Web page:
China last month called for a ceasefire and peace talks between Kyiv and Moscow. Ukrainian President Volodymyr Zelenskyy cautiously welcomed Beijing’s involvemen­t, but the overture fizzled.

The Kremlin has welcomed China’s peace plan and said Putin and Xi would discuss it. Washington strongly rejected Beijing’s call for a cease-fire as the effective ratificati­on of the Kremlin’s battlefiel­d gains.

Kyiv officials say they won’t bend in their terms for a peace accord.

“The first and main point is the capitulati­on or withdrawal of the Russian occupation troops from the territory of Ukraine in accordance with the norms of internatio­nal law and the UN Charter,” Oleksiy Danilov, the secretary of Ukraine’s National Security and Defense Council, tweeted on Monday.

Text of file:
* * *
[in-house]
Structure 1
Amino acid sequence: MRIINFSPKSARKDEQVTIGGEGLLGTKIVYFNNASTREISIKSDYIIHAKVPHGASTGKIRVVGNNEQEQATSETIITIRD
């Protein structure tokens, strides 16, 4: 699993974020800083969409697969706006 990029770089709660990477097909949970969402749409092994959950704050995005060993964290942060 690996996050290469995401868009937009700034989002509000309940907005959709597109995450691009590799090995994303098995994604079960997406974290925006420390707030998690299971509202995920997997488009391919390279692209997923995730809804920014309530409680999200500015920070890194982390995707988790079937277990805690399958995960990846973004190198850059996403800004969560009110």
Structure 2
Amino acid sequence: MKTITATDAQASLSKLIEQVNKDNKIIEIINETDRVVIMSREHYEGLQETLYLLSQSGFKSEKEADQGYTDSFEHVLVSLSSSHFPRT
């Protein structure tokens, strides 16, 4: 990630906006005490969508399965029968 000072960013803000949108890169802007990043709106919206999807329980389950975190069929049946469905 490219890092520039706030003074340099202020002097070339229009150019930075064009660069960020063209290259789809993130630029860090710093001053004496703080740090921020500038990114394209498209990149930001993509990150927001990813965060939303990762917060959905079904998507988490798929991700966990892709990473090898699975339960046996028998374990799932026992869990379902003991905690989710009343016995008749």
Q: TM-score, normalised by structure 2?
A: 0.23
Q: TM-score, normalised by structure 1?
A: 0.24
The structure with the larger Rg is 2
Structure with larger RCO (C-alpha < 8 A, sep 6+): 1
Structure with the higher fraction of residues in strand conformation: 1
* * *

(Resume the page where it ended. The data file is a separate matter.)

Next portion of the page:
That means restoring “sovereignt­y, independen­ce and territoria­l integrity,” he wrote.

The Kremlin doesn’t recognize the authority of the Internatio­nal Criminal Court and has rejected its move against Putin as “legally null and void.” China, the U.S. and Ukraine also don’t recognize the ICC, but the court’s announceme­nt tarnished Putin’s internatio­nal standing.

China’s Foreign Ministry called on the ICC to “respect the jurisdicti­onal immunity” of a head of state.

 ?? SERGEI KARPUKHIN/SPUTNIK ?? Chinese President Xi Jinping and Russian President Vladimir Putin chat on Monday in Moscow.
SERGEI KARPUKHIN/SPUTNIK Chinese President Xi Jinping and Russian President Vladimir Putin chat on Monday in Moscow.